confrontation with the International Monetary Fund since it was founded more than five decades ago.

The clash is brewing as Washington gets ready for an estimated 10,000 bankers, finance officials, consultants, and journalists to arrive for the annual IMF/World Bank meeting, which officially starts today.

At the heart of the conflict is growing opposition to IMF proposals to revamp the rules of the game for lending to emerging markets.

The proposals, presented by the IMF last April in a paper titled "Strengthening the Architecture of the International Financial System," call for improving transparency, internationally accepted standards, surveillance, and monetary policies.

"It's very much going to be the focus of the meetings, and it could get very ugly,'' said Elizabeth Morrissey, managing partner at Kleiman International, a Washington financial consulting firm. "People are gearing up for some pretty heated arguments."

Bankers do not take issue with many of the proposals. But a section of the plan laying out new rules for the private sector in preventing and helping resolve financial crises has triggered their ire.

These proposals, they say, boil down to letting loan and bond contracts be ripped up and rewritten if a country runs into problems. They also say that any aid the IMF provides to a country in difficulty would be conditional on banks' and private creditors' coming up with an accompanying package, even if that country has already gone into arrears. The proposals would also prohibit banks from suing to seize collateral and give the IMF power to continue lending to a country even after it has defaulted.

Banks and financial institutions, which usually favor a low profile, are becoming vociferous. In the strongest attack so far, the Washington, D.C.-based Institute of International Finance, representing about 300 financial institutions worldwide, openly rejected the IMF's suggestions.

Speaking at a press conference in Washington on Thursday, the institute's managing director, Charles Dallara, suggested that the IMF direct its efforts to "strengthening the framework for sustainable flows of capital to emerging markets" and to ensuring that "policies are not instituted that could have the opposite effect."

The institute warned the IMF that its efforts to force lenders to Pakistan, Romania, Ukraine, and more recently Ecuador, to modify bond contracts and supply fresh cash after those countries had threatened to default could easily backfire. "Such action would add to market concerns and could have negative implications for other borrowers in emerging markets," the institute stated.

Bankers also argued that the proposals are unworkable.

"Ten years ago you could put 10 to 12 bankers in a room and restructure a country's debts," said a banking source. "Now you're talking about banks, two or three dozen mutual funds, and thousands of retail investors."

They add that the proposals could also generate "moral hazard" -- industry slang for saying that a country capable of paying its debts might deliberately default in order to get a better deal.

The IMF drew up its proposals in response to complaints among its main shareholders, the governments of the leading industrialized countries, that the agency expects them to bail out the banks whenever their emerging-country borrowers get into trouble. These so-called G7 countries say that after bailing out Mexico, Thailand, South Korea, Russia, and Brazil, among other debtors, the IMF can no longer be the lender of last resort. Supporting the G7 countries is the U.S. Congress, which says banks and investors helped trigger the crises by reckless lending, and then got a free ride out at taxpayers' expense.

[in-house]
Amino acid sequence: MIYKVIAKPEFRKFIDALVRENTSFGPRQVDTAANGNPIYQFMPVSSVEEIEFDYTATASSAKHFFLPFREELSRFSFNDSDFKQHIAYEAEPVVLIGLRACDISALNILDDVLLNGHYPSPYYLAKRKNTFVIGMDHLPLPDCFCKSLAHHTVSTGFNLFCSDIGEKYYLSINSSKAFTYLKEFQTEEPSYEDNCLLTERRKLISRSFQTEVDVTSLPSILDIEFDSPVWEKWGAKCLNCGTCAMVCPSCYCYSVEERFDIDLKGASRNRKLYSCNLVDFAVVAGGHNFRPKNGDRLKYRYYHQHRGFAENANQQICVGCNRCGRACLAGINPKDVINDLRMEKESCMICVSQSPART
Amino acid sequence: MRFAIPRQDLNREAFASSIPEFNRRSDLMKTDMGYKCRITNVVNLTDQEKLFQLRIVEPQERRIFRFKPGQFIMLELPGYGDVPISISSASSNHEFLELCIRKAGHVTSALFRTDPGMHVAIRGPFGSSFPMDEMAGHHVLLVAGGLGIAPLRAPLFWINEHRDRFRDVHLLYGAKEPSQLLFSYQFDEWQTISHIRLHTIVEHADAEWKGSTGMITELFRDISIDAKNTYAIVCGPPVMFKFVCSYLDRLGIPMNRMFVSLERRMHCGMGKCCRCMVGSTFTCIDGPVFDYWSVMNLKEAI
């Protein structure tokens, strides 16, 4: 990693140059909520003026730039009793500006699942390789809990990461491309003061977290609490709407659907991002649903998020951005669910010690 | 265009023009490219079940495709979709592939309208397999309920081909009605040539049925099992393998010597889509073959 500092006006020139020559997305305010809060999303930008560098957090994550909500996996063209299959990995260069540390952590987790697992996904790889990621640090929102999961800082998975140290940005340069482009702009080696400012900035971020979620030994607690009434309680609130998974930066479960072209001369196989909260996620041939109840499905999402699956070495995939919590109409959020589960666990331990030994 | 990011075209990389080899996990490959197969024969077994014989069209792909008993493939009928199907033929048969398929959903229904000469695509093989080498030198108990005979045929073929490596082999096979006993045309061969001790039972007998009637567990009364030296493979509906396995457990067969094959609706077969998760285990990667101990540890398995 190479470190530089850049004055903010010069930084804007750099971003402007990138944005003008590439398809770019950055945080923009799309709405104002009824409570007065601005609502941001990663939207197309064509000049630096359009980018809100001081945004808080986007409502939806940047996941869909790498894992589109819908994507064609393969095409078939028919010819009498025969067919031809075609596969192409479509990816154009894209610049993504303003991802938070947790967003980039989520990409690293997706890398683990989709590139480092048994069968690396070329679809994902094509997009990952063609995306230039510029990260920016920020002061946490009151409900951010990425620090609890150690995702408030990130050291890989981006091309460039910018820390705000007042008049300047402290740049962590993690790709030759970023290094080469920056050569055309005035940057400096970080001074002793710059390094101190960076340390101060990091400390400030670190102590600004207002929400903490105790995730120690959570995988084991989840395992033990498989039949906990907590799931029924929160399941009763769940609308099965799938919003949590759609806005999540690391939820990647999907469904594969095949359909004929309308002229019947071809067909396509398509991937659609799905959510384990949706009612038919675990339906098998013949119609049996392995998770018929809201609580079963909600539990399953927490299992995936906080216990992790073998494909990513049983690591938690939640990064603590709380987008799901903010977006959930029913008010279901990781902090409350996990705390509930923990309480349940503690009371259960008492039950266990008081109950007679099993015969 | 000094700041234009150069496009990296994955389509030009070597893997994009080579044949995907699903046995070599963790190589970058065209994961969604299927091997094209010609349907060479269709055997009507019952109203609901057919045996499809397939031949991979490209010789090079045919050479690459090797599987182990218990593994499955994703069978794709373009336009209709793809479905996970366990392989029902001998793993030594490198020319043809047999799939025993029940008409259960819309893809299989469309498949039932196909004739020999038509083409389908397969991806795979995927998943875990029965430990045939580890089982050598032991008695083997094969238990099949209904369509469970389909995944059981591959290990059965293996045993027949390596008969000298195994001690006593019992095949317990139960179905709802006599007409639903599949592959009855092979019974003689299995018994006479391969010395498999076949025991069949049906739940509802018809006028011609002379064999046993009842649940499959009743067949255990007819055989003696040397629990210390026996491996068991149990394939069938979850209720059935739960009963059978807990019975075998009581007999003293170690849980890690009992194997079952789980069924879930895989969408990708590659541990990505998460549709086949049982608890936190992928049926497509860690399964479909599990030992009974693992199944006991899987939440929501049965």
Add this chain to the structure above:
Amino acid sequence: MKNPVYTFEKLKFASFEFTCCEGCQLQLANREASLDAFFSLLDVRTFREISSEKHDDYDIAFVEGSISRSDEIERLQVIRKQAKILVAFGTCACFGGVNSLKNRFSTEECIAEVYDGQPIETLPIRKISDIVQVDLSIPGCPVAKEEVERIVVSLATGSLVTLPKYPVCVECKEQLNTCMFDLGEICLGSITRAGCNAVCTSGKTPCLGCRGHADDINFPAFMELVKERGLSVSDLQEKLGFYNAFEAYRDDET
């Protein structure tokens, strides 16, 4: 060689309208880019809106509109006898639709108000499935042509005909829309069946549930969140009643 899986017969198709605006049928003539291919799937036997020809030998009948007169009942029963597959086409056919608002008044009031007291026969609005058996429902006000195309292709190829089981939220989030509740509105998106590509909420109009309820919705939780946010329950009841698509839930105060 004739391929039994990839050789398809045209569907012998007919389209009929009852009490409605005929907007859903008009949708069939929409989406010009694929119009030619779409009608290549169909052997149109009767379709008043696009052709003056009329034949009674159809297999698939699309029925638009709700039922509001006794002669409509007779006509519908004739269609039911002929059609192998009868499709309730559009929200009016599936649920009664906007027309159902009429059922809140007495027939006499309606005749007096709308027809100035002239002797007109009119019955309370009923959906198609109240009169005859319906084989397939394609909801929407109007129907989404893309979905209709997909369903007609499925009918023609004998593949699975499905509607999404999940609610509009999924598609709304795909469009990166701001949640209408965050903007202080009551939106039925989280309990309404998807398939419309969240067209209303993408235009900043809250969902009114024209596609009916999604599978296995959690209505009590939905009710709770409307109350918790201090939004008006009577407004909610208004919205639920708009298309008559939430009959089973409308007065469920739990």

To be sure, banks share many of the IMF's concerns and agree that crises could be avoided and mitigated by improving accounting and reporting practices, making information on capital flows more readily available, and getting debtor countries talking to creditors about possible problems.

Third parties are also offering their good offices in an effort to strike a balance between the IMF and the private sector.

"Unrestricted capital mobility and the absence of an international lender of last resort are not a recipe for a stable financial system," cautioned Mervyn King, deputy governor of the Bank of England in a speech at the Federal Reserve Bank of New York this month.

"The crux of the problem lies in the short-term nature of flows,'' he said, and until control systems are installed for monitoring and managing them, crises will recur.

Control systems will not eliminate the risk of financial crises, he added, but can still "reduce the frequency and severity of crises."

As the tone of the rhetoric mounts, banks are becoming increasingly blunt. According to institute estimates, emerging market exposure at U.S. banks today amounts to about 29% of capital, compared with 240% in 1982.

Over the last 10 years, banks and private investors have lent $1.7 trillion to emerging markets, far outweighing the $320 billion from official lending agencies such as the IMF, World Bank, and InterAmerican Development Bank.

"Banks can absorb losses more readily today,'' said Lex Rieffel, director and senior adviser at the Institute of International Finance, pointing out that private creditors have over the last two years swallowed $350 billion of losses in Asia and Russia.

"The corollary to that is that official sector can't exert the same kind of leverage over banks," Mr. Rieffel added.

Faced with the prospect of accepting an unpalatable debt restructuring, banks and bond markets "will take a walk."

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